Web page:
The company also uses the Web to design the badge, figure out what types of certificates they want on the card and what physical access control systems the card should emulate, Hart says. The cards can be produced onsite if the company has a card printer with the necessary capabilities or done remotely at a central facility and shipped to the client. “The only infrastructure you need onsite is a Web browser,” he says. “Within 24 hours this one card will let them in the front door and log them on to the network.”
A year ago, IDonDemand thought its target market would be token replacement but the company has seen a lot of demand in the convergence arena, Hart says. It also thought the sweet spot for company size would be the five to 15,000 employee company but has found many Global 1000 companies interested in the solution. “A lot of these companies have tried to install systems in the past and found the infrastructure too complex,” he says. “We found that providing the skill set in a certified, audited bunker gives them more features and options.”
Using the managed service approach also lets companies deal with one vendor for a project, opposed to many if an organization decides to manage the deployment. “It’s one throat to choke for card supplies and certificates,” Hart says. “You don’t have to deal with a lot of different vendors.”
In addition to corporate settings, the company has seen interest in the ID as a service model from many different markets, including health care and state government for PIV-I, Hart says.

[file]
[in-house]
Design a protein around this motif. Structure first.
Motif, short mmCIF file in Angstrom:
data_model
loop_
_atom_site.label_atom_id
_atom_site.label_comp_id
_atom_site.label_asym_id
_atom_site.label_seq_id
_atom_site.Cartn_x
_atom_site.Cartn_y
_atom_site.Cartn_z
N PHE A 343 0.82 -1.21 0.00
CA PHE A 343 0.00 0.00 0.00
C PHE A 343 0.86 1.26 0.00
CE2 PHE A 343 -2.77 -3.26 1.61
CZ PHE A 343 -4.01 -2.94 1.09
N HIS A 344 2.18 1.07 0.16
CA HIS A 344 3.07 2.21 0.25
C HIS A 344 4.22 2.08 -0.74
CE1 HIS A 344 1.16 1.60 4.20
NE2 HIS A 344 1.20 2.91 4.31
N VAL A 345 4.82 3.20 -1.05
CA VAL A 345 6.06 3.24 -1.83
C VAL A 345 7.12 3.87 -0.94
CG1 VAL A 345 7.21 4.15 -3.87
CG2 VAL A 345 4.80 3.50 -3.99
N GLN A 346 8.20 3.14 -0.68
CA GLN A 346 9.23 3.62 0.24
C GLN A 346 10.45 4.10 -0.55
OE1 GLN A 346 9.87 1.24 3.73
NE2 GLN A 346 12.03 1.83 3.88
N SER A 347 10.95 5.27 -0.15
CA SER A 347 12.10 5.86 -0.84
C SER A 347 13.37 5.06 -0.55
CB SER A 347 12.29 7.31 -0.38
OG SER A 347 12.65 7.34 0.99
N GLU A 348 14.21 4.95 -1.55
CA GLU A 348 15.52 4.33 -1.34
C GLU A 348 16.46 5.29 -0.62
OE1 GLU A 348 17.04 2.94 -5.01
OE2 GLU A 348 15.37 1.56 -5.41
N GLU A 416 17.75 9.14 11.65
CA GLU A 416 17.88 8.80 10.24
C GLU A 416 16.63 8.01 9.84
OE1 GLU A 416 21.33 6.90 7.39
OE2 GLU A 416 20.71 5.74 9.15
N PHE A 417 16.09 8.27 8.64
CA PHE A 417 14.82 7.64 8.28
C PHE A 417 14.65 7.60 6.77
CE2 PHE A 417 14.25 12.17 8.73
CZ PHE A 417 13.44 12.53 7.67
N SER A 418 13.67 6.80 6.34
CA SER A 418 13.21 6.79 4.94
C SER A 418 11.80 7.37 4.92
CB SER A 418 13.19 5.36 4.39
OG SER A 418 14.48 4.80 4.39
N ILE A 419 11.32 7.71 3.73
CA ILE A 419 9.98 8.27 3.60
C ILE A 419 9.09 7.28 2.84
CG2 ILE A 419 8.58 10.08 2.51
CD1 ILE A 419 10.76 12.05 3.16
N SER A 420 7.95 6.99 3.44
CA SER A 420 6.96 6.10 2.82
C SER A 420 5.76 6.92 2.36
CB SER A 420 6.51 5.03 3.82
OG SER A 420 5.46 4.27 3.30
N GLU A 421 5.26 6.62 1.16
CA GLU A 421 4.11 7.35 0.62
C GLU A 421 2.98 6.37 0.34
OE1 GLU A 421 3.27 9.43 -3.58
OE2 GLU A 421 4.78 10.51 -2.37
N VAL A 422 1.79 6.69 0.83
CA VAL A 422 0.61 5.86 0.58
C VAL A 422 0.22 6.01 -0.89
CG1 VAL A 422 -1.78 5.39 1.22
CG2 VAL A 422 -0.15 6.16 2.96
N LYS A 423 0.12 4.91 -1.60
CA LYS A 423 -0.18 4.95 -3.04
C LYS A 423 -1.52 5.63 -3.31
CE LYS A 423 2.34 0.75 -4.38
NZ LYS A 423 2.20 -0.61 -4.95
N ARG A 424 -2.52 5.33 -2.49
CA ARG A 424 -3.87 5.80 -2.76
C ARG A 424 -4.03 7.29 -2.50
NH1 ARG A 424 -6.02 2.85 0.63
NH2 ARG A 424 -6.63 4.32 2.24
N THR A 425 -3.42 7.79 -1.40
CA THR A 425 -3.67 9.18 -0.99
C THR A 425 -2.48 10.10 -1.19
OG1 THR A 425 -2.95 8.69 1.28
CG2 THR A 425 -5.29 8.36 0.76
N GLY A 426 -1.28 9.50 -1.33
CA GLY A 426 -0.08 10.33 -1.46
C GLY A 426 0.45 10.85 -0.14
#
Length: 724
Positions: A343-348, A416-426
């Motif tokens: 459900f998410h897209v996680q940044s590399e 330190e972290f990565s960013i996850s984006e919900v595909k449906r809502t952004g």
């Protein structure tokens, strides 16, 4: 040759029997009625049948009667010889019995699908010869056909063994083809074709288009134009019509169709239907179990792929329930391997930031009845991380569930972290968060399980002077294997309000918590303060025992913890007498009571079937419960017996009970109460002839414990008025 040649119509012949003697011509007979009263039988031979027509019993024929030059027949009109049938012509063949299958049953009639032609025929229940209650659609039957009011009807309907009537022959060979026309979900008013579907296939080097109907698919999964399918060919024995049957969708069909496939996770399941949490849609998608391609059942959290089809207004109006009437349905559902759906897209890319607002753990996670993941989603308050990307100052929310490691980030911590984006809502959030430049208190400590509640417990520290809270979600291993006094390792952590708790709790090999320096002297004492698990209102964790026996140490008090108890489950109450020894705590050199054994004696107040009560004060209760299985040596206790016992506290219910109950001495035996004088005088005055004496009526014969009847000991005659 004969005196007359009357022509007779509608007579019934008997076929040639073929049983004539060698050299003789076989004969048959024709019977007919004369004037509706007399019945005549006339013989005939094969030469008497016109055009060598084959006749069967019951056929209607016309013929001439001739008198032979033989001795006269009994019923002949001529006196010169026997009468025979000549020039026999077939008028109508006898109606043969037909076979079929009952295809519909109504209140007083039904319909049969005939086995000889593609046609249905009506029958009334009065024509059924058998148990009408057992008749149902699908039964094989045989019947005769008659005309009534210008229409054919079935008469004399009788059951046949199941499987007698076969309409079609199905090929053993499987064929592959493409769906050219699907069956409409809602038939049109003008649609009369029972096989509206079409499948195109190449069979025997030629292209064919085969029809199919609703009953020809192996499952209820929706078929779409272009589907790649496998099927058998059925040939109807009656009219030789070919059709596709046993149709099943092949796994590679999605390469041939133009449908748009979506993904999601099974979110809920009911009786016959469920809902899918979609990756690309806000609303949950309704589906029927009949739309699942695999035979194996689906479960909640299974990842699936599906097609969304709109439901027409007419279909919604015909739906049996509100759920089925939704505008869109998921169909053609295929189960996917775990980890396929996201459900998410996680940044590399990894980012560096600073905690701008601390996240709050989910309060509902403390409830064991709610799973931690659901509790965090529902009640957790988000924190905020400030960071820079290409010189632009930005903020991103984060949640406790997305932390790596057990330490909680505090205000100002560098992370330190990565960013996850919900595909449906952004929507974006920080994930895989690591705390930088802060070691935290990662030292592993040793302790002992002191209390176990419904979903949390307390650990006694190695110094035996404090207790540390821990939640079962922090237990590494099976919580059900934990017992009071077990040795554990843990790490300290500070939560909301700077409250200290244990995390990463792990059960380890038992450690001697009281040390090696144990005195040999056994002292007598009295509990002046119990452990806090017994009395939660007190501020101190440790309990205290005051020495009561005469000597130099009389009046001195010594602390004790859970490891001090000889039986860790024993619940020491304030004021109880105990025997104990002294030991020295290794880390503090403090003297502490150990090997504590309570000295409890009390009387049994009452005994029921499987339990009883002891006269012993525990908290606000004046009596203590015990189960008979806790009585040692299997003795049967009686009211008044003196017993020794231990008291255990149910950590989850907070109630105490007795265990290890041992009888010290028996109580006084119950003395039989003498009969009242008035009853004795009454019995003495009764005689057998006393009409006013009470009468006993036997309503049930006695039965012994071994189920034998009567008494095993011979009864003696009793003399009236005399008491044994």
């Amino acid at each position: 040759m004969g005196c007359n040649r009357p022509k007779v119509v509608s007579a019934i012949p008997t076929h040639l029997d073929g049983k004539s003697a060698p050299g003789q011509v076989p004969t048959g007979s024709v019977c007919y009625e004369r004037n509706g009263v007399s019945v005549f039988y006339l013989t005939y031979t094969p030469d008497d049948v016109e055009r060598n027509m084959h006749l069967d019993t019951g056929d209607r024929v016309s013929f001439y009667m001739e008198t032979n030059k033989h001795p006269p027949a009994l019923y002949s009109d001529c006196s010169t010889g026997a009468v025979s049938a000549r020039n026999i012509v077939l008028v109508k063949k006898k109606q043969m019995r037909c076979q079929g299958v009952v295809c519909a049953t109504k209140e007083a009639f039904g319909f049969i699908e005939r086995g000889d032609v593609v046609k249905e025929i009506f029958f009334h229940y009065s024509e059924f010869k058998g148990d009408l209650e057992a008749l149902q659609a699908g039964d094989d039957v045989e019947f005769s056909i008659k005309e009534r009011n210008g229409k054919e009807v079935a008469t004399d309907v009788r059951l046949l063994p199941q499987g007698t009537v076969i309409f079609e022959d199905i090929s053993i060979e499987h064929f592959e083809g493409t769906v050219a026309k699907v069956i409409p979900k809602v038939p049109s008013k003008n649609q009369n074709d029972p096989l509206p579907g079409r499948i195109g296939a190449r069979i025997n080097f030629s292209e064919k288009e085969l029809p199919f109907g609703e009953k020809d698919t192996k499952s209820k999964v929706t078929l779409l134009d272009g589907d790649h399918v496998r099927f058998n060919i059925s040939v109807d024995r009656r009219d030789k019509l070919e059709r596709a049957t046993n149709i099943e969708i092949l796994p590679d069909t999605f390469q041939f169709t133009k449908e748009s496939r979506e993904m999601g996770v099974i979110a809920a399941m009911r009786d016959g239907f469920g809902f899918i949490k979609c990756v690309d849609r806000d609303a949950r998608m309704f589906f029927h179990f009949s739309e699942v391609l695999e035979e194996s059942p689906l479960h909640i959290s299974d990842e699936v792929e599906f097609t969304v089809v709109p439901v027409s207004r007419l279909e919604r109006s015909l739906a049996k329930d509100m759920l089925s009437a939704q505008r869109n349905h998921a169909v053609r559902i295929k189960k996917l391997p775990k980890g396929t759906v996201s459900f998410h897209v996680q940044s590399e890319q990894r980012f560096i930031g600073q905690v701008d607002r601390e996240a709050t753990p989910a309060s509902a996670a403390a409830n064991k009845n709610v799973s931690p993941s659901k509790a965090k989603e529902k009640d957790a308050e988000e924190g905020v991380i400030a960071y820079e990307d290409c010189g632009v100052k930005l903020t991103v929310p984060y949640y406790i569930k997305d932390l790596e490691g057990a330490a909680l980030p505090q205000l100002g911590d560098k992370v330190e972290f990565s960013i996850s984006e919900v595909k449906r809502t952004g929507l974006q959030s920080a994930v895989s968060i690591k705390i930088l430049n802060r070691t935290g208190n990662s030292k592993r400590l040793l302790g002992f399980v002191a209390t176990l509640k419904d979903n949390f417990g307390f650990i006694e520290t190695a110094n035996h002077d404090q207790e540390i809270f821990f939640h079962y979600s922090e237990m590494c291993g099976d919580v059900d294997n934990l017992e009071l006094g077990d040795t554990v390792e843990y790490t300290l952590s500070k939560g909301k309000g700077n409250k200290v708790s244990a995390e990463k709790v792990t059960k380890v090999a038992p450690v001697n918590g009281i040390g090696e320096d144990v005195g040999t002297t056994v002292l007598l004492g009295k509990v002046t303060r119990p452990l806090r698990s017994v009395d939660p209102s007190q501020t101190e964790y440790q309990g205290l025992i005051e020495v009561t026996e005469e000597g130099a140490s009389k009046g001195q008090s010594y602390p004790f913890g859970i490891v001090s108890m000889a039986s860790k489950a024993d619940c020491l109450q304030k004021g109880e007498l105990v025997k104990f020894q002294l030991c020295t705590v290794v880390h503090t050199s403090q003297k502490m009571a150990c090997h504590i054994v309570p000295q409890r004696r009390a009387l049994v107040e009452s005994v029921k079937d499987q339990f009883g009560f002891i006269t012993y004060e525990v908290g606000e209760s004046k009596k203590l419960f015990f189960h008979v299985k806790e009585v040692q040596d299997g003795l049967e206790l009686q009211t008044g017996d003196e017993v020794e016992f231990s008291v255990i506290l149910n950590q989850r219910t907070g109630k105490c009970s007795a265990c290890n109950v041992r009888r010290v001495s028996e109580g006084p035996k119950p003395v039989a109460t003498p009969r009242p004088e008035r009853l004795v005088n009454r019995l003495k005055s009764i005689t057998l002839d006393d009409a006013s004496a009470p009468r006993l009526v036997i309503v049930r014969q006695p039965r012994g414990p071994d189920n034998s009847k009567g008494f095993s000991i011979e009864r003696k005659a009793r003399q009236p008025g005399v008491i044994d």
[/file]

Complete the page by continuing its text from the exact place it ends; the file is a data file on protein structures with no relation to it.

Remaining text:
Gemalto has two different managed service offerings, says David Teo, marketing manager for online authentication at the company. The first is its Device Administration Service that uses smart card-based one-time password devices.
The solution is designed to complement Gemalto’s .NET smart card by providing organizations with a cost-effective and user-friendly service to perform card issuance and administration tasks. These tasks include card initialization, PIN change, key change, PIN unblock and card reset.
Device Administration Service is a fully hosted service targeting small-to-medium size businesses. It is made up of an administrator portal where the card is initialized before issuance, remote PINs can be unblocked and certificates loaded, Teo says.
There is also an online user portal where PINs can be reset thus eliminating help desk calls. The self-service portal automates basic tasks improving end user satisfaction, Teo says.
The Device Administration Service is much more cost effective than an on-premise system, Teo says. “The savings come from the pay-as-you-go pricing, no hardware maintenance and no need for costly deployment,” he says.
This solution can’t be directly compared with the full-scale card management systems that are typically targeted at large organizations. “They offer integration with identity management systems and provide fuller feature sets that are required for large organizations, but tend to be overkill for small and medium sized businesses,” he says.
For a comparison between the Device Administration Service and similar on-premise card administration systems–as opposed to card management systems–the cost to deploy a card administration system for a 500-employee organization is about $30,000 with three years of support, Teo says. “Contrast this with about $4,000 for the Device Administration Service over three years,” he says. “Customers can choose to buy an annual subscription, a two-year subscription, or three-year subscription upfront with significant discounts.”
Also using the ID as a service model, Gemalto offers Authentication as a Service. This is a cloud-based OTP server that enables organizations to implement OTP authentication for Virtual Private Networks, Outlook Web Access, internal Web applications and external Software as a Service. Organizations are offered a choice of a mobile OTP application for smart phones or a separate hardware token.